Neither Melanie nor Dave wanted the evening to end, so they decided that it did not have to.
Dave realised what those skinny boys with acoustic guitars had been singing about all these years. The rain made London shine in the flat orange glare of the street lights and the city belonged only to them. As they walked along the bank of the Thames, Melanie slid her arm through Dave’s. her fingers searched for his and entwined themselves around them. They found an all night cafe where Dave revealed secrets he had never told anyone and she returned his trust by telling him hers.
Soon tiredness took hold and, hiding yawns from each other, they headed to the nearest underground station and the first train of the morning. Unsure of what to say, or how to say it, Melanie leaned forward and kissed Dave. She tasted of coffee, mints and hope. Pressing her body next to his, she was real and warm and alive.
“Call me,” she whispered then turned around and headed into the station. Dave watched her until she was past the ticket barriers. He decided to walk the quiet streets for a while. He splashed in the puddles and wondered if he would ever stop smiling. He didnt have to wonder too much longer.
“Nice weather for ducks,” said a voice behind him. Dave turned around to see Death stood on the pavement. “I could never figure out what you meat puppets meant by that. For a time I assumed that ducks were very romantic creatures and enjoy walking in the rain thinking about other ducks they had loved.”
“What are you doing here?”
“I’m guessing it all went well with Melanie. There’s no need to thank me.”
“Thank you for what?”
Death pulled the contract from his cloak. He looked at the last page, but Dave’s signature was no longer there.
“Oh bloody hell. Stupid linear time. Can’t causality take one for the team just once?” Death moaned, “Change of plan. Can I show you something?”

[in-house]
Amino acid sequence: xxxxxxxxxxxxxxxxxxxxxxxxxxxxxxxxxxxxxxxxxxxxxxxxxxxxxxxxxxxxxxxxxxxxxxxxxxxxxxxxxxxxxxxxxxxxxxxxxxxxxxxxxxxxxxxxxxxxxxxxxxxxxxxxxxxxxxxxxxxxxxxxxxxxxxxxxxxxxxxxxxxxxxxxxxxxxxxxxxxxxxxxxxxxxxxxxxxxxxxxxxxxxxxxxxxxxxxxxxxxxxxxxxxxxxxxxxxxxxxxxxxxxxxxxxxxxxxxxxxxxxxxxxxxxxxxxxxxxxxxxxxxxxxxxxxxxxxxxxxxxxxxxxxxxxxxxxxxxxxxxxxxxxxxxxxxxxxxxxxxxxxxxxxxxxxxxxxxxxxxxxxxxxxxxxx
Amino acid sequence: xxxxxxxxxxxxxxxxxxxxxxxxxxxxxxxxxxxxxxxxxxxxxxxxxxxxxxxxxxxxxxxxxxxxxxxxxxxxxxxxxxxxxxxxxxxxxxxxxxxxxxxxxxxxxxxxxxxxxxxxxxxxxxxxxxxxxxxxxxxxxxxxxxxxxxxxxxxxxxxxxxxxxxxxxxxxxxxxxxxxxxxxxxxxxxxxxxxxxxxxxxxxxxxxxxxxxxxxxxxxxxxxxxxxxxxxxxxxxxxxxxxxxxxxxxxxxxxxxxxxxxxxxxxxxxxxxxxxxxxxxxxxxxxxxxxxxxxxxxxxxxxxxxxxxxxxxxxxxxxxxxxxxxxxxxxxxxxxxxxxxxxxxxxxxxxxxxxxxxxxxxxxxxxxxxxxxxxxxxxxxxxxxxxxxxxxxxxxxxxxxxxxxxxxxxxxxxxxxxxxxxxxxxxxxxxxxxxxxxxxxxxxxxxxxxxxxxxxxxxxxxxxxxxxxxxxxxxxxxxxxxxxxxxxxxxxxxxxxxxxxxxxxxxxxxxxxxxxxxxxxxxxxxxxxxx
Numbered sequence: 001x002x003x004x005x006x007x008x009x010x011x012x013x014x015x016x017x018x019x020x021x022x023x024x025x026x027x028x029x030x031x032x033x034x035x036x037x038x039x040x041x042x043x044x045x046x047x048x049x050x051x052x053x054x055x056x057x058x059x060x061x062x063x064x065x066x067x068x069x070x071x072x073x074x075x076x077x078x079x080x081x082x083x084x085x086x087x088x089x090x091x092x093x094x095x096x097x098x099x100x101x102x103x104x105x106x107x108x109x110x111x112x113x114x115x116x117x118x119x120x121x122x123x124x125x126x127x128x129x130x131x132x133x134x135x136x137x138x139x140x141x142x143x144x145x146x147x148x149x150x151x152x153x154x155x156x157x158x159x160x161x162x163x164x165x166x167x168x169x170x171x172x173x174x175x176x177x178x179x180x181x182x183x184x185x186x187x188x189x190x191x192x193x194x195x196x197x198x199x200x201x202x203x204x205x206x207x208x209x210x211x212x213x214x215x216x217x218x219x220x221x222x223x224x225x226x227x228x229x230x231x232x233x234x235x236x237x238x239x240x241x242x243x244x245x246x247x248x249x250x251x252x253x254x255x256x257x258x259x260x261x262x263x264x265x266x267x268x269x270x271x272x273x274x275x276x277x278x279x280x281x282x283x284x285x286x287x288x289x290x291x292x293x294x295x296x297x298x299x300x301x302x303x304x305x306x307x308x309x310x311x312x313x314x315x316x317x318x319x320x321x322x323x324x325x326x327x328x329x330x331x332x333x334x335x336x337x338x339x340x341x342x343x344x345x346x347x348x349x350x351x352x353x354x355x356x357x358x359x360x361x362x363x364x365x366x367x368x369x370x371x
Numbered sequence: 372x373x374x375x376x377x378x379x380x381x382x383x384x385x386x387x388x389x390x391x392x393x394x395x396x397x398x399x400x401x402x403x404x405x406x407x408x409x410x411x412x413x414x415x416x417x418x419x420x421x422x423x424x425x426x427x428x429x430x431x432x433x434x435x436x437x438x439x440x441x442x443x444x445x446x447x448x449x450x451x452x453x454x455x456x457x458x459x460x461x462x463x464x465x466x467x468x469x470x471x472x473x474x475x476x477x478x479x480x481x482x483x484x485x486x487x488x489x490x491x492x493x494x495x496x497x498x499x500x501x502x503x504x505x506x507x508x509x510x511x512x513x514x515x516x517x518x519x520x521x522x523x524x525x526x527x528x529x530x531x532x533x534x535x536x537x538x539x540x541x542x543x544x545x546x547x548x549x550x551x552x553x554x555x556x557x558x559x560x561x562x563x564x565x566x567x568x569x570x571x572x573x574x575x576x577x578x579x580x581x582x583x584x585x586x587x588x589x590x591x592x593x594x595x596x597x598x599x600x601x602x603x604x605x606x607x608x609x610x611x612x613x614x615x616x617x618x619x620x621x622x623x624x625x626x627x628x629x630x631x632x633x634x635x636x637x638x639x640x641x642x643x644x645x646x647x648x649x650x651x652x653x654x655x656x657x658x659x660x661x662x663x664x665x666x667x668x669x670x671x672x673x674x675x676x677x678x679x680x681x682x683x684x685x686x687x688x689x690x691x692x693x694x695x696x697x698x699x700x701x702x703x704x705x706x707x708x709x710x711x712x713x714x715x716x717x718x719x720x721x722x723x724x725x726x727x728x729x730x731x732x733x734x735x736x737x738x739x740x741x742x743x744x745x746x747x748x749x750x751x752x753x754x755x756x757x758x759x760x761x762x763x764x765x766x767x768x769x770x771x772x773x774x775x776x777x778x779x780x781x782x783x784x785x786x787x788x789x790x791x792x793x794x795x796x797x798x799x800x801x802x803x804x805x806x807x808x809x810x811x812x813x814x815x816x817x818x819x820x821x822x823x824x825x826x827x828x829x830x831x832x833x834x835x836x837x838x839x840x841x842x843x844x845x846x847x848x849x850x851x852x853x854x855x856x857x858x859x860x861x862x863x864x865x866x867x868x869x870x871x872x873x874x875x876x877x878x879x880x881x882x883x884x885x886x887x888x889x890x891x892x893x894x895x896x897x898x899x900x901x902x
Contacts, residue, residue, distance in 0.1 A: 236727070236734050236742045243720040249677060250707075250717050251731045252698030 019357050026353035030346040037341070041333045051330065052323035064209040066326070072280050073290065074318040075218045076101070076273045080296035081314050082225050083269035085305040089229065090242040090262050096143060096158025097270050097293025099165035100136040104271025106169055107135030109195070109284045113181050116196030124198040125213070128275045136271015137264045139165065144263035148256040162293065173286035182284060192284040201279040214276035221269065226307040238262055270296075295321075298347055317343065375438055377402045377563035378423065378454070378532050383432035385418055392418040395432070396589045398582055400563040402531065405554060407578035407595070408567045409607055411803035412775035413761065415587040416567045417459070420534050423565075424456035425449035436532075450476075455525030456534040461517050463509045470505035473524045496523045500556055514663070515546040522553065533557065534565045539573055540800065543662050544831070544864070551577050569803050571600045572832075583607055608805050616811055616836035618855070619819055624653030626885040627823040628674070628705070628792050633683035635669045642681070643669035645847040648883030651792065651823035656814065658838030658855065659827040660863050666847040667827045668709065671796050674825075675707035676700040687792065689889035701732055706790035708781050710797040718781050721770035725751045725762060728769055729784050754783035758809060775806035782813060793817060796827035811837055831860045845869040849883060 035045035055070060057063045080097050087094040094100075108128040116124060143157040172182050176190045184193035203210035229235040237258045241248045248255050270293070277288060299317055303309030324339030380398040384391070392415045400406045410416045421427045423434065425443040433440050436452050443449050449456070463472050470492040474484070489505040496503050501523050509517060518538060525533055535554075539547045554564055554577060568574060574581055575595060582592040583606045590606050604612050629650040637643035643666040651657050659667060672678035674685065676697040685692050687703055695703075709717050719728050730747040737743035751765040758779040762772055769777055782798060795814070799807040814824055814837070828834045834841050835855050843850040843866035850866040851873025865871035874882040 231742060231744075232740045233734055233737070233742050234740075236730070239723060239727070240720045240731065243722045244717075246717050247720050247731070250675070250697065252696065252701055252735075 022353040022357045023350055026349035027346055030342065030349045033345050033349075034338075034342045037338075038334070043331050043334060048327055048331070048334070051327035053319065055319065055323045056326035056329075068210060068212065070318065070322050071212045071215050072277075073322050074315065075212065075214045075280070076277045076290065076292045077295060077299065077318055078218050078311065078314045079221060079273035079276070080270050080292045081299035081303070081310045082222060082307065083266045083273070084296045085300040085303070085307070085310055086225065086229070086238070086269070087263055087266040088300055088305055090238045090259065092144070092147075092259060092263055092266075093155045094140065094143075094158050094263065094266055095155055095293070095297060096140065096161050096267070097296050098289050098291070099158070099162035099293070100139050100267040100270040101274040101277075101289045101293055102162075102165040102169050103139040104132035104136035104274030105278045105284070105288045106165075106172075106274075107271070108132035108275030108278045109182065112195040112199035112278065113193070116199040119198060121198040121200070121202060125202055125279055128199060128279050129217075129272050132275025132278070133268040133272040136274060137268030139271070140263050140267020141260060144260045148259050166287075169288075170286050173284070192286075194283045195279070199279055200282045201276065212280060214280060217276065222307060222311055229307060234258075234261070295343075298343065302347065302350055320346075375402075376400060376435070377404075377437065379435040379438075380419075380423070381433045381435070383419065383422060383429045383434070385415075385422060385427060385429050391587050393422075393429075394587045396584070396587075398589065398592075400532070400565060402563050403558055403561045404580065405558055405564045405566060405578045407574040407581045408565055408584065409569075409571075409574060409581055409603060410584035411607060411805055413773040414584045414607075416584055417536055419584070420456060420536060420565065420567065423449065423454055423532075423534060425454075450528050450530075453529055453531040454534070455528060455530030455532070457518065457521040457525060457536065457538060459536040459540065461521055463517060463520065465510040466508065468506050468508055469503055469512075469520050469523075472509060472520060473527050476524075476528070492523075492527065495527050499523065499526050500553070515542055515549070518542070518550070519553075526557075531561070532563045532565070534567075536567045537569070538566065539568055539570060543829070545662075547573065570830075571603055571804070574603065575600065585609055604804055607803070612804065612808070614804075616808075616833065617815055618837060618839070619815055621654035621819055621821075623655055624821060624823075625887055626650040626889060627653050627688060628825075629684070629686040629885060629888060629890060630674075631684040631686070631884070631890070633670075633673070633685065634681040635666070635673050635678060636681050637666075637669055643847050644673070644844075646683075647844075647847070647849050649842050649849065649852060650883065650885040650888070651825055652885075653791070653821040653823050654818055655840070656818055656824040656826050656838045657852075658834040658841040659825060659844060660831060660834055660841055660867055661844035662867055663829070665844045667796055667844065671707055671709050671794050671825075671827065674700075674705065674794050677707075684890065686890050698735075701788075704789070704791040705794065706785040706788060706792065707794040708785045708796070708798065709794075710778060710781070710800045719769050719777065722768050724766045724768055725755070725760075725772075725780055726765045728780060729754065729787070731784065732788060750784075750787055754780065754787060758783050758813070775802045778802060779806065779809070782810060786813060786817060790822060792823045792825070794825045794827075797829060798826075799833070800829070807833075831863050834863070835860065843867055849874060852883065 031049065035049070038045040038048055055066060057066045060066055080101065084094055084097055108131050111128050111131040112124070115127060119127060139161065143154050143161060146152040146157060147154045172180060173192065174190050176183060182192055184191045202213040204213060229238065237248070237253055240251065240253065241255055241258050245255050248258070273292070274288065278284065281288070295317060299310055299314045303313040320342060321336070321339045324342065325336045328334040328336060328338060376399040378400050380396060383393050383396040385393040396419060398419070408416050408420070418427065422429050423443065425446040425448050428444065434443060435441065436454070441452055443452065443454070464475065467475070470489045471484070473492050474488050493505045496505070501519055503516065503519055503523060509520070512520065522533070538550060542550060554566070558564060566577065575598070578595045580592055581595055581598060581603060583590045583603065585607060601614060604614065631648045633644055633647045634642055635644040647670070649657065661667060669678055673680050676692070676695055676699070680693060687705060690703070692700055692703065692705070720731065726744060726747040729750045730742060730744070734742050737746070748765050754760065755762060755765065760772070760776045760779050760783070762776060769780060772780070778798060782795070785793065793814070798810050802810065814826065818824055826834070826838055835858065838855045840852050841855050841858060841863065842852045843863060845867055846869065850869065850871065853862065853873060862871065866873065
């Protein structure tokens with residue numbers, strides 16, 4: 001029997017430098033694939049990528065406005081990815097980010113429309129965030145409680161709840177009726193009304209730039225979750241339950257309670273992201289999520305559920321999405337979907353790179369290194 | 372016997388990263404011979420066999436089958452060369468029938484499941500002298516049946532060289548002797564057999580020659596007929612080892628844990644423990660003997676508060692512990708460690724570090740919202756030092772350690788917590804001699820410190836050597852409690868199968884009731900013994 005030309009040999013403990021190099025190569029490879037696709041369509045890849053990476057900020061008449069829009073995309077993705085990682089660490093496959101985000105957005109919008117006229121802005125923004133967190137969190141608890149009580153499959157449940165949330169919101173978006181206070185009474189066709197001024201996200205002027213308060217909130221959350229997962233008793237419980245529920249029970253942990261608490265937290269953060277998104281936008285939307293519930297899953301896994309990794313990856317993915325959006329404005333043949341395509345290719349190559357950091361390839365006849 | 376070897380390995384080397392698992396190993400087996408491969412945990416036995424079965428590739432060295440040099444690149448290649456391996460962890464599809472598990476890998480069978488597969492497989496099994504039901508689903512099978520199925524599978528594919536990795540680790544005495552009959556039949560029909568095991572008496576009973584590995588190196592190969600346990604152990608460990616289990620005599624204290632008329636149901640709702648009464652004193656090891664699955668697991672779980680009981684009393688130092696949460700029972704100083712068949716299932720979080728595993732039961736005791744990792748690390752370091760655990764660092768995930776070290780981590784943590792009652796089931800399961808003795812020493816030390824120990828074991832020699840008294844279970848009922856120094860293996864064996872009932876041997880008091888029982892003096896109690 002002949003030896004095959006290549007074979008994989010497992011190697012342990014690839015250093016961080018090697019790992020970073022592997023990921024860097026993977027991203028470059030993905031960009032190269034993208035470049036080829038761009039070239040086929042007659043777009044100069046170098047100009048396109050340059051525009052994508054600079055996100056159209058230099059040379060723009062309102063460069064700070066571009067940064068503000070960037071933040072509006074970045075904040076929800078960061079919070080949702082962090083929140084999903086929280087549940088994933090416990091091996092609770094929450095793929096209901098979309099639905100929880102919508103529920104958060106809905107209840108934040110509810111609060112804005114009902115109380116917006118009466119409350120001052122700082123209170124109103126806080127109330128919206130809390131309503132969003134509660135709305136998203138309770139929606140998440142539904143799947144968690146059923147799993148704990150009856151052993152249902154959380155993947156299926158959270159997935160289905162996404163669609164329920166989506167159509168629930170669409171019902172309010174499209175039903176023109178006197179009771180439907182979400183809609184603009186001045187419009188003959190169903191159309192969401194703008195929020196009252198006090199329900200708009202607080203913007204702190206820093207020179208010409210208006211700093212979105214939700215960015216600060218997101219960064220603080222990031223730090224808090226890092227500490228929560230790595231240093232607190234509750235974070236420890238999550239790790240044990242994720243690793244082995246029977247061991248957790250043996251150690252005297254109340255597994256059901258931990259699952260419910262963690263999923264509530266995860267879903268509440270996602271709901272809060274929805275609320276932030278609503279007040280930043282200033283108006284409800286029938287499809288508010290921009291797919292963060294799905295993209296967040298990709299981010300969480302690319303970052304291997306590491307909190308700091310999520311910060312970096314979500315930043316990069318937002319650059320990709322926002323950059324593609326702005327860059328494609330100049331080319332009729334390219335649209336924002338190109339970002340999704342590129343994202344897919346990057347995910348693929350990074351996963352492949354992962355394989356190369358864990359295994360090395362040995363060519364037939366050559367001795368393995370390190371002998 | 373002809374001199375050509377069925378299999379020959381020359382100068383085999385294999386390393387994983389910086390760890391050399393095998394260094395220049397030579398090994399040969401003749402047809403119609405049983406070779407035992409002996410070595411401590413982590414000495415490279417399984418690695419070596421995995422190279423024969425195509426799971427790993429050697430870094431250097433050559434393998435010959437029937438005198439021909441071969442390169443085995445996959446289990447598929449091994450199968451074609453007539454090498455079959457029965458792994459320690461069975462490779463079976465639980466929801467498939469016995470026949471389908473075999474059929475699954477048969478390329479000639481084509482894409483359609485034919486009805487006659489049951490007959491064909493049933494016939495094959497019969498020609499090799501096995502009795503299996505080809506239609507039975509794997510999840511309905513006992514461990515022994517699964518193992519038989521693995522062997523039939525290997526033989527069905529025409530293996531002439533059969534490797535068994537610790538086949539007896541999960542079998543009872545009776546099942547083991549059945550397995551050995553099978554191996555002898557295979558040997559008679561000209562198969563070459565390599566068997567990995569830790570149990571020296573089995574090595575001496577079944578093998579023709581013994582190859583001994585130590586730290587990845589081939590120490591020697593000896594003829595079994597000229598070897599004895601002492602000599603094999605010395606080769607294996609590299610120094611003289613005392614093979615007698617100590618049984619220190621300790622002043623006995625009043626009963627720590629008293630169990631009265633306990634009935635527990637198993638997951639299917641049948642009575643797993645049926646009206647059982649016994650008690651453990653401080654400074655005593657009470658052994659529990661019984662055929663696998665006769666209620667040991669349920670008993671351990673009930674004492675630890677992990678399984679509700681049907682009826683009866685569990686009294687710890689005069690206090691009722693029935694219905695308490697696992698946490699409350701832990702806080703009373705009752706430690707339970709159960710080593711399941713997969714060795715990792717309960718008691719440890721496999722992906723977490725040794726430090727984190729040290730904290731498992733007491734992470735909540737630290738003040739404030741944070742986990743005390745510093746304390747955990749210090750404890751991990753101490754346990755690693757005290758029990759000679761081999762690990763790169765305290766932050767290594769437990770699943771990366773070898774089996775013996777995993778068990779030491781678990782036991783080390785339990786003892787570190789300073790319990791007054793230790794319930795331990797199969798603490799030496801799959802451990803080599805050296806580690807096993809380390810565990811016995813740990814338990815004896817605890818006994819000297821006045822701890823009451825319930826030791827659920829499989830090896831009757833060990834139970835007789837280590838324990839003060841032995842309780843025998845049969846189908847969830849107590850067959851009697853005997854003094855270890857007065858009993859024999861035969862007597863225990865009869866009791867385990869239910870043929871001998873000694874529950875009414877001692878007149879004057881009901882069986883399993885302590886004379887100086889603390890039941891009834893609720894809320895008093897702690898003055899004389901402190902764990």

“If it’s quick.”
Death grabbed Dave by the wrist and it felt as if he were being poured like a cocktail from one point to another.
Suddenly they were stood in a dark bedroom. An old man was perched at the end of the bed while his body lie beneath the covers. Dave had never seen a dead body, other than his own, and he was surprised by how little it disturbed him.
“Hello, Michael,” Death said in a kind voice.
“I wondered when you’d get here,” the old man sighed.
“Sorry I’m a bit late. Traffic’s a nightmare.” The old man smiled then pointed a finger at Dave.
“Work experience,” Death answered.
Michael turned his attention back to the dark figure. “You know you’re a lot shorter in person?” he said.
“So I’ve been told,” said Death, glancing at Dave.
“What’s it like, then? Eternity?”
Death thought for a moment before answering.
“Long,” he finally said, “I’ve been watching a lot of Scooby Doo recently. Have you got any biscuits?”
“In the kitchen. The cupboard by the window.”
Death turned to Dave. “Make yourself useful”
Dave headed down the stairs into the kitchen. As he rummaged through the cupboards, Dave looked at the microwave meals and the soups and realised that Michael had lived and died alone. At that very moment, he could not think of anything sadder.
When Dave returned to the bedroom with the packet of biscuits, Death had settled into a chair with his feet up on the bed.